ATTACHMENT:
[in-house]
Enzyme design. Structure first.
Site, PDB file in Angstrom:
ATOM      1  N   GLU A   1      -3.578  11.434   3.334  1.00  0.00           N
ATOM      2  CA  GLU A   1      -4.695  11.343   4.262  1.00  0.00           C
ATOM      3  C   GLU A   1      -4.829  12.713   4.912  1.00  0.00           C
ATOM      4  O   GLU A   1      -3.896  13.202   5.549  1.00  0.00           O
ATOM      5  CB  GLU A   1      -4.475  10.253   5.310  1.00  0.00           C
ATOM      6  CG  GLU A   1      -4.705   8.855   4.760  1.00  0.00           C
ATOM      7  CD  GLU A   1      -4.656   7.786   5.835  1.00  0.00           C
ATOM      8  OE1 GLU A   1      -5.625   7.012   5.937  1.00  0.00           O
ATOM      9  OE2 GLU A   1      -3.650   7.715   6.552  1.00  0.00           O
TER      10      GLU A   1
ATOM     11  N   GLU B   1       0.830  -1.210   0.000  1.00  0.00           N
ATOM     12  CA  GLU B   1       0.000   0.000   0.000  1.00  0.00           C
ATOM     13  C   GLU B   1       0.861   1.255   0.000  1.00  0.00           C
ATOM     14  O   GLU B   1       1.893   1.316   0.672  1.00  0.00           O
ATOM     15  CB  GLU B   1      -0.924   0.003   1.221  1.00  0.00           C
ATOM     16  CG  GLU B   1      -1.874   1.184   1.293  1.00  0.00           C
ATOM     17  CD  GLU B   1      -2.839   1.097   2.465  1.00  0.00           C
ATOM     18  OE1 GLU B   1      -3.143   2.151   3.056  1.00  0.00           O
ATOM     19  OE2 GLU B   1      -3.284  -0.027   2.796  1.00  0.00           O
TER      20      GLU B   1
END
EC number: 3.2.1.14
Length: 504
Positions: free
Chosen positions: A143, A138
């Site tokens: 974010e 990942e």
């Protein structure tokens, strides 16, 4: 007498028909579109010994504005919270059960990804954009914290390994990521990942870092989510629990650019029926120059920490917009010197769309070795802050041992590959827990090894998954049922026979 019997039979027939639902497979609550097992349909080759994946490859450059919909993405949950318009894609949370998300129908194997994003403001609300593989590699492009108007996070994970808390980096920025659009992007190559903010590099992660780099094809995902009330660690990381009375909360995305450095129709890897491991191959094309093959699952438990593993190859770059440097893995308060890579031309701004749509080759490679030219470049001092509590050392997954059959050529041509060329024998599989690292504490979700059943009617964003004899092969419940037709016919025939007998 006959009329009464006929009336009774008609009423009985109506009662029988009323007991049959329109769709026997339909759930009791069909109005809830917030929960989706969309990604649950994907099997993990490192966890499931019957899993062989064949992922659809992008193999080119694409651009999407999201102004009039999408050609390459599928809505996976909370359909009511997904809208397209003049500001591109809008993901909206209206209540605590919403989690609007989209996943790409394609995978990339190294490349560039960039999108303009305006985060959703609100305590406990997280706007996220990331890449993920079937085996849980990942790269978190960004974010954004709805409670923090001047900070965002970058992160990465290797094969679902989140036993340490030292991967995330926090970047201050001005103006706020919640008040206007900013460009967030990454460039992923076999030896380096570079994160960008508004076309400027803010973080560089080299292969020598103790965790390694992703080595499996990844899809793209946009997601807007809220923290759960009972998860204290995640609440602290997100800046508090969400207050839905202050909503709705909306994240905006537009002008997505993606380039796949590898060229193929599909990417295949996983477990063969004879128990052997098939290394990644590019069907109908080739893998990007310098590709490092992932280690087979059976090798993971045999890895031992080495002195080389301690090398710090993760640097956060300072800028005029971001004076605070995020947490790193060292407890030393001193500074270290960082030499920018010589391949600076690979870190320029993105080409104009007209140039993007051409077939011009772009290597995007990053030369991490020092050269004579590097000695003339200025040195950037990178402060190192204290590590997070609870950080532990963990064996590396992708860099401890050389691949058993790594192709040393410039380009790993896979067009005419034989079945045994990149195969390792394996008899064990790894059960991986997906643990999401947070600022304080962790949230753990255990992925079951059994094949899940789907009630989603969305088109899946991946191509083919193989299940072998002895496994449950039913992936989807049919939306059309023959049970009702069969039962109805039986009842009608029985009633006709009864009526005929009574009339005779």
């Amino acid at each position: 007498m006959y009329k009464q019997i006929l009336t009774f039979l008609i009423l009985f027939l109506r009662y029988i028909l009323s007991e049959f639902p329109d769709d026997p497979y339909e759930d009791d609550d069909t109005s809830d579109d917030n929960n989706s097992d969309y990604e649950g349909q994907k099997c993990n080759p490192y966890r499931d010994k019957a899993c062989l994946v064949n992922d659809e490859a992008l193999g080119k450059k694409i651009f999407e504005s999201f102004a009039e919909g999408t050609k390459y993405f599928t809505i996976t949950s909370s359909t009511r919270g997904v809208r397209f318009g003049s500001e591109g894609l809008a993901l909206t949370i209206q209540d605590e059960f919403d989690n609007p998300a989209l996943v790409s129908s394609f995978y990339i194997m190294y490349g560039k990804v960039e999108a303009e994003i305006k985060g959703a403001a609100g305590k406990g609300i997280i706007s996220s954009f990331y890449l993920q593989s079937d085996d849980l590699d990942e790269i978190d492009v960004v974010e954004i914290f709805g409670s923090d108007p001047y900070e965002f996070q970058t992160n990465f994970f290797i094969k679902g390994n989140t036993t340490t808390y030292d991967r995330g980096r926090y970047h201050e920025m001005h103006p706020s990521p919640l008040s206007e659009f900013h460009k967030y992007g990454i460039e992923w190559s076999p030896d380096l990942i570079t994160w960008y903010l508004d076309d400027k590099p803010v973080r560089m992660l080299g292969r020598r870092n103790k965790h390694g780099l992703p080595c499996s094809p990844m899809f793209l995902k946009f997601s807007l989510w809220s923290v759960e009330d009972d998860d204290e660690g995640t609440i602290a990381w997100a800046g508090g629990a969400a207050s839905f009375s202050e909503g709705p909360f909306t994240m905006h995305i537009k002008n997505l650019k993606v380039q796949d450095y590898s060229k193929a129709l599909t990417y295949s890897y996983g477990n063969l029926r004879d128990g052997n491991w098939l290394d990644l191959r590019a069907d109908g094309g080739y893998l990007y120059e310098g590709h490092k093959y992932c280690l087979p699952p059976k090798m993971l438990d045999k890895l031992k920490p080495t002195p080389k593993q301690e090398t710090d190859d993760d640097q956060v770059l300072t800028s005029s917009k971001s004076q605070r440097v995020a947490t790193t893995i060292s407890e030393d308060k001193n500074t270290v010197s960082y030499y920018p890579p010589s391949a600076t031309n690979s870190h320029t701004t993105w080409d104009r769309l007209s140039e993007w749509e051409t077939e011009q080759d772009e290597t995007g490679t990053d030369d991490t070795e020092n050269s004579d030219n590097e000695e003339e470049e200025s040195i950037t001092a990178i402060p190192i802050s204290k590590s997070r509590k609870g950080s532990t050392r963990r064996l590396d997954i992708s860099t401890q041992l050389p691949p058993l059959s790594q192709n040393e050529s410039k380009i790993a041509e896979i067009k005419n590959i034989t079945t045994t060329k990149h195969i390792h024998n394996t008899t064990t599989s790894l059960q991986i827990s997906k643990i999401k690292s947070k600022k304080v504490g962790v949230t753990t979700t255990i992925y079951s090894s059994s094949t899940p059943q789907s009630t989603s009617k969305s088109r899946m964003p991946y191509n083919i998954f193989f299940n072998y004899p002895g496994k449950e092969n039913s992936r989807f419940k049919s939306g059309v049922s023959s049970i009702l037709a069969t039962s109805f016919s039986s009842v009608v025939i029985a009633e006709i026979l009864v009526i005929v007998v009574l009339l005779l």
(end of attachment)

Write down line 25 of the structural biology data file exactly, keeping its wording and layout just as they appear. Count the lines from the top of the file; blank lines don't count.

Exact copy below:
EC number: 3.2.1.14